There is no income limit to benefit from the “Beckham Law”. Employment income up to 600,000 euros is taxed at 24%, while income exceeding this amount is taxed at 47%. On the other hand, dividends, interest, and gains derived from the transfer of shares in companies are taxed in the savings income base at tax rates ranging from 19% to 28% for income over 300,000 euros.

    What happens if I change jobs in Spain after having applied for the “Beckham Law”?

    According to the Spanish Tax Agency in numerous binding consultations, you can maintain the Expatriate Regime if you remain for a brief period of time in a situation of unemployment or inactivity and then start a new employment relationship.

    Are there any exceptions or special cases?

    There are many special situations and exceptions that require individualized advice, such as in the case of making real estate investments in Spain. Each case may have its own particularities that affect the application of the Regime. Therefore, it is advisable to consult with an expert in international taxation like ours for accurate advice.

    What are the disadvantages of opting for the “Beckham Law”?

    Despite its many benefits, the “Beckham Law” also has some disadvantages. Among the main disadvantages, we can point out that Double Taxation Agreements do not apply. Thus, as workers are considered non-residents, the expenses they have incurred during each fiscal year are not deductible in the income tax return. Moreover, in case of dismissal, the potential compensation would be taxed in its entirety (the exemption cannot be applied).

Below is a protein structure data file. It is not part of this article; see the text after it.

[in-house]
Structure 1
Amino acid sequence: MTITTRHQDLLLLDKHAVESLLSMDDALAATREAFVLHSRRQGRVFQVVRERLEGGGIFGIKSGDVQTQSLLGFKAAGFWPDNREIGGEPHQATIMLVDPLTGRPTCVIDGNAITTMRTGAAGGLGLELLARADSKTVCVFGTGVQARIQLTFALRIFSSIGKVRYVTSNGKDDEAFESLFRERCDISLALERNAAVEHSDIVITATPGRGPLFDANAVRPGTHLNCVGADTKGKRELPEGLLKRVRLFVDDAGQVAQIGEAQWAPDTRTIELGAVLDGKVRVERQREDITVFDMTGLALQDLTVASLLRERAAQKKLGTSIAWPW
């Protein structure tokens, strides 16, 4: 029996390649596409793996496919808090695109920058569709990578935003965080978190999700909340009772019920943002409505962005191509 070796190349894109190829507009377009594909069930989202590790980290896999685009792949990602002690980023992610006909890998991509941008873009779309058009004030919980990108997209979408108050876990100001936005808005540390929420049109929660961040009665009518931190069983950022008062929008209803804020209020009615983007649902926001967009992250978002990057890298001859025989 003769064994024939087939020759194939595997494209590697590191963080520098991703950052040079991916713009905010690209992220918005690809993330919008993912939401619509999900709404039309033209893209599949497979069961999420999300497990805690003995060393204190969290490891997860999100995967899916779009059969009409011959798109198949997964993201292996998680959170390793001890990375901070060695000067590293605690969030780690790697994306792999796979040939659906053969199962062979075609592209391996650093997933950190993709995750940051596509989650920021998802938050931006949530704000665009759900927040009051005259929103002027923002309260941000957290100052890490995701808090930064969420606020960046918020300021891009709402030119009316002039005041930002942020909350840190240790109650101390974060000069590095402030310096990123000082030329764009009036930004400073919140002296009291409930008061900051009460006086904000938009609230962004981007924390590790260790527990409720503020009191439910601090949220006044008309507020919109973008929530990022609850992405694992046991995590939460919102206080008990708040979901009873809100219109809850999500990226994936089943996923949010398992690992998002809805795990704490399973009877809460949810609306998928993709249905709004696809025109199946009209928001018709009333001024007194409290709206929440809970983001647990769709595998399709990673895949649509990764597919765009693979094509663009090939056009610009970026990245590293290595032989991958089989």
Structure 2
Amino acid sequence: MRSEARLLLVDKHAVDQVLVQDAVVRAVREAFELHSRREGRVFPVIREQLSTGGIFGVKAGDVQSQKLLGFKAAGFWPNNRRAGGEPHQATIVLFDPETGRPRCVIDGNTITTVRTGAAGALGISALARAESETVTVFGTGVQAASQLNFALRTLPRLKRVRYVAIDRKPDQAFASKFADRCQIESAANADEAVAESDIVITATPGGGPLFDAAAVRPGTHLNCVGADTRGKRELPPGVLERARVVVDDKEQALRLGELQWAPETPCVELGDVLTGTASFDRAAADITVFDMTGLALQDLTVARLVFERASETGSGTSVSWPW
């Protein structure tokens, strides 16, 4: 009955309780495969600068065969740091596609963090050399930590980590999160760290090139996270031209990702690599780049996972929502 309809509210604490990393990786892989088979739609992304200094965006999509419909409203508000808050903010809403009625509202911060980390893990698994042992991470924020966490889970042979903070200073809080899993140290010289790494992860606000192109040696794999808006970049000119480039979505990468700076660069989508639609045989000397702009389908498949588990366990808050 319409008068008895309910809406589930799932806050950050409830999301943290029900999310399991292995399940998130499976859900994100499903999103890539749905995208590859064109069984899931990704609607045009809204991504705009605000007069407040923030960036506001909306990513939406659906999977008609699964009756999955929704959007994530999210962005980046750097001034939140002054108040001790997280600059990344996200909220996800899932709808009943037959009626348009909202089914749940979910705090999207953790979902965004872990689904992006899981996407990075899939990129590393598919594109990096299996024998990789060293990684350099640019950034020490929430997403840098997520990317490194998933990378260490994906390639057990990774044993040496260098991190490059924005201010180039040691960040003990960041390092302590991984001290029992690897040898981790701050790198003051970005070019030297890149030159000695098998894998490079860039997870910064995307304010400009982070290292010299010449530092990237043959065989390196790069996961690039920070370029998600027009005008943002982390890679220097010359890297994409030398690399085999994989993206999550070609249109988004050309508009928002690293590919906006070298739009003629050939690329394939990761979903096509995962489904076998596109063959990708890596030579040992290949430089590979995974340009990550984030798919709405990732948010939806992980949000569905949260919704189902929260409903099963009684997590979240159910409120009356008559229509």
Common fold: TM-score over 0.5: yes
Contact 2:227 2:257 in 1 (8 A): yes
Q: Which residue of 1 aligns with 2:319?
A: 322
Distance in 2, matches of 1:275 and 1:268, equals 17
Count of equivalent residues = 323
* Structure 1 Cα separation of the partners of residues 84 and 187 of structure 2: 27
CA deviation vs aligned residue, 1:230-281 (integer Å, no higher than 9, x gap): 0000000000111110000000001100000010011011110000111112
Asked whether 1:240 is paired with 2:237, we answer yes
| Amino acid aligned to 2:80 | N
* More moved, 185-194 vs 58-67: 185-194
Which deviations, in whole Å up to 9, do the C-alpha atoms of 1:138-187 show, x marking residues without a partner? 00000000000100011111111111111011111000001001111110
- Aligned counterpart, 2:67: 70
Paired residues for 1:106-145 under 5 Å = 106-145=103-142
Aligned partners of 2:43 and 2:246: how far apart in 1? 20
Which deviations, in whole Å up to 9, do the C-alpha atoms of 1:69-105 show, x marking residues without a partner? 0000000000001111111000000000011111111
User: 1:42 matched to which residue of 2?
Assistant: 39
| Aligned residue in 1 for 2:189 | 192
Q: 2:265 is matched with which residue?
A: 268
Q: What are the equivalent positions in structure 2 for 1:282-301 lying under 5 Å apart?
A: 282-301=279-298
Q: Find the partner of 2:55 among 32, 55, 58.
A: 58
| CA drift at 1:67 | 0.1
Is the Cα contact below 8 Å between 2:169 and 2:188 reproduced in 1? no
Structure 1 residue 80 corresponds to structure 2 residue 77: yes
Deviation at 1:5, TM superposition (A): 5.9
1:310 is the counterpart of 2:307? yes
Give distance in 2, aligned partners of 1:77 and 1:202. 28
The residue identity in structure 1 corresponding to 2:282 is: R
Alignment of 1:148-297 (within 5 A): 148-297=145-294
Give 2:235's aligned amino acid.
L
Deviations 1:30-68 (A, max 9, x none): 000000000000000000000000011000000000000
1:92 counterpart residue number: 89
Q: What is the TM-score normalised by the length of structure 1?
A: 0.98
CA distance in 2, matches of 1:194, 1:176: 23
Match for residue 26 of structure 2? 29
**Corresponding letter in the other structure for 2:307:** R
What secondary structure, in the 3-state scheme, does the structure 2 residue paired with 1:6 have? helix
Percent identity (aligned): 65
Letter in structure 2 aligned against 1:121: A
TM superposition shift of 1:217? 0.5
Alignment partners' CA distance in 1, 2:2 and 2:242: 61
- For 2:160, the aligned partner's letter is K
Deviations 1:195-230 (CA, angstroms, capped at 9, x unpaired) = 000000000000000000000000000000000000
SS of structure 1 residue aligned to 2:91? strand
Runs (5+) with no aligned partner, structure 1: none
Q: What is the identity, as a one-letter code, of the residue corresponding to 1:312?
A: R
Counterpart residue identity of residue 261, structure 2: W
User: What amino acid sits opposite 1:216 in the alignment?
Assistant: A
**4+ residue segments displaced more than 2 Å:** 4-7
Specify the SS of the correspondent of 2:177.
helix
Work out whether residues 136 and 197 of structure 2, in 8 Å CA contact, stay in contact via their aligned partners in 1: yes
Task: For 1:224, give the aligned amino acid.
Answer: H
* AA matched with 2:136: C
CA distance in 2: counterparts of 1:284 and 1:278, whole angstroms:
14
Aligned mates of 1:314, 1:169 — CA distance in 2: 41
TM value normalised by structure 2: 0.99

Can I renounce the “Beckham Law”?

    Yes, the employee can renounce the special regime. This renunciation must be communicated to the Tax Agency during the months of November and December and is applicable from January of the following year. However, in case of renunciation, the taxpayer cannot reapply for this regime later.

    How does it affect employees of new emerging companies?

    The Expatriate Regime is an important incentive to attract talent to startups and emerging companies in Spain. It offers an attractive tax environment for professionals seeking opportunities in the burgeoning sector of new companies.

    Are there additional obligations under this regime?

    Although the tax regime is simplified under the “Beckham Law”, it is essential to comply with all applicable tax regulations. This includes timely filing of tax returns and compliance with any other tax obligation in Spain.

    Do benefits apply to Social Security?

    The benefits of the Expatriate Regime focus on taxation, not on Social Security contributions. Expatriates continue to be subject to the standard regulations of Spanish Social Security, which means they must contribute according to the provisions of the current laws in the matter, without additional benefits in this area.